Who Needs Journalists?
If you haven’t seen #real talk from your editor, you need to click on that link right now. A friend of mine sent it to me a few weeks ago and within a few minutes, I became a fan of Ann Friedman, who was the executive editor of the magazine GOOD and is the genius behind #real talk from your editor. I say “was” because a few days ago, Friedman and much of GOOD’s editorial staff were laid off. Rumour has it that GOOD wants to try “a community-based publishing system”, which is fancy-speak for low-cost citizen journalism.
It’s no news that the times are hard for news media. The popularity of the Internet has meant that the number of readers have exploded while earnings have either fallen or flatlined because no one has really figured out how to monetise the number of clicks a website gets (yet). India is one of the few places where prospects for media companies are still considered good. Most of us are in the habit of reading a physical newspaper rather than going online to check whether or not the world has blown up. Perhaps because the reach of the Internet is relatively limited and the browsing speed suits crawling rather than surfing, we still buy newspapers and magazines in our country. It’s why we continue to see launches of Indian editions of international magazines, and bizarre or extremely niche local publications cheerfully continue to do business here. “Screw quality, everything and everyone can survive here,” a journalist friend of mine said to me the other day. “It’s the advantage of having a billion people. Someone, somewhere, will think you’re good and as long as that someone has money and/or power, you’re sorted.”
Fortunately or unfortunately, that’s not always the case. Take GOOD, which was founded in 2006 by 26-year-old Ben Goldhirsh, a multimillionaire (his father started a number of magazines of which one, Inc. was reportedly sold for $200 million). Despite the fact that Goldhirsh wasn’t much of a magazine reader, he put in the money to start GOOD with his friends and from the look of the website, you wouldn’t think that there was anything awry. Except, of course, there must have been. Why else would Friedman and gang find themselves without a job on June 1? GOOD appears to have decided that experienced journalists and editors are an unnecessary luxury when there’s virtually enough free information to be gathered from the Internet. This is the kind of news that makes all of us who still have writing jobs say a prayer of thanks, but it should also cause at the very least a prickle of unease.
The news about GOOD came in a month that’s been quite entertaining for Indian journalism. Open magazine and Outlook’s Vinod Mehta received a threatening letter from the Indian Express, demanding hundreds of crores from them for saying, among other things, that a recent front-page story by the newspaper was “a mistake of Himalayan proportions”. There have been changes in a number of magazines, with people leaving and joining other places. So many conversations I had this month began with “Don’t tell anyone but…”. It’s cute that we think anyone in the real world, beyond our little pond of print media in Mumbai, cares about who has left one organisation or joined a new one. We actually hold on to the delusion that readers will notice a journalist’s presence or absence in a publication, which is laughable.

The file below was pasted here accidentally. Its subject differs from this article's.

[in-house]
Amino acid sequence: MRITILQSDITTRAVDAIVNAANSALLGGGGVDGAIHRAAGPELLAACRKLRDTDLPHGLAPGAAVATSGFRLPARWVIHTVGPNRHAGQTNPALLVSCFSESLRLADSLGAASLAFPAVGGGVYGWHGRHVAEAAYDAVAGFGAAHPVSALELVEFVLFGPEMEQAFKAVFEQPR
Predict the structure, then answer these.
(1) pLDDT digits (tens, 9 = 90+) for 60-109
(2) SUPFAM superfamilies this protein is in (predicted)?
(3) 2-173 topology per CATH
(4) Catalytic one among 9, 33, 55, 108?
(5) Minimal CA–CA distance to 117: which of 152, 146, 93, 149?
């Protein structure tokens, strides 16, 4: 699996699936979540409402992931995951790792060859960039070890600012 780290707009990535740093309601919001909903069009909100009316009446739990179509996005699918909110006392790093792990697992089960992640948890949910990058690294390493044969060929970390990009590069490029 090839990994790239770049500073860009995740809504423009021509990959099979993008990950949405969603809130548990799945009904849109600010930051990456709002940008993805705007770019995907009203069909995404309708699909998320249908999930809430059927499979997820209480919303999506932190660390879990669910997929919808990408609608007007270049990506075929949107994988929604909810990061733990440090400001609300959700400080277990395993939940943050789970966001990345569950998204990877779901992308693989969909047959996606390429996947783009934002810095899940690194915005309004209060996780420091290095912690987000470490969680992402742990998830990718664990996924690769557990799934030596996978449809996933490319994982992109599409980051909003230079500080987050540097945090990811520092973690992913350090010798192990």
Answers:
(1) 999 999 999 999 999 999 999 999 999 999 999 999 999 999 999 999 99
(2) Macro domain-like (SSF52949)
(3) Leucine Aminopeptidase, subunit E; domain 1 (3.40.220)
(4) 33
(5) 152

Despite the belief that the media is a profitable business in India, journalists are usually considered easily replaceable. It’s the sales team that needs to be pampered. I’ve always been mystified by how when a magazine doesn’t get ads, fingers are pointed to the editorial department for not creating sell-able content. However, when advertising targets are met, the credit doesn’t come to the writers or editor. Then the applause is reserved for the sales department, as though they achieved what they did despite the editorial content.
The prevailing belief is that anyone can be a journalist in India and everyone other than the journalist knows better. (Admittedly, given the appalling quality of much of what is printed in Indian newspapers and magazines, there may be reason for this condescension.) Good journalistic writing is valued mostly by other journalists and validation comes in the form of Tweets, re-Tweets and Facebook posts. There are already programmes on news channels that make use of citizen journalism and Aamir Khan is the latest investigative reporter on the block. So how long before the citizen journalism trend leaves writers like me unemployed and morosely signing up for a blog? (Given I have three, I probably won’t be starting any more blogs and certainly not morosely, but you get my drift.)
The newspaper you get every morning or the magazine whose new issue reaches you every fortnight, month, or week may not seem fragile, but it is. It is an unstable mix of facts, opinions, constraints, creativity and selling potential that is held together and made to look good by the writers and editors who work on it. Perhaps the most unnerving fact is that the majority of readers wouldn’t notice the difference if our newspapers and magazines did turn into community-based publications and we journos were taken out of the picture. However, worst comes to worst, at least we’ll have our blogs.
Deepanjana Pal is a journalist and the author of The Painter: A Life of Ravi Varma. She is currently the books editor at DNA.Tags: Good magazine, Journalism, magazines, Media, The Definite Article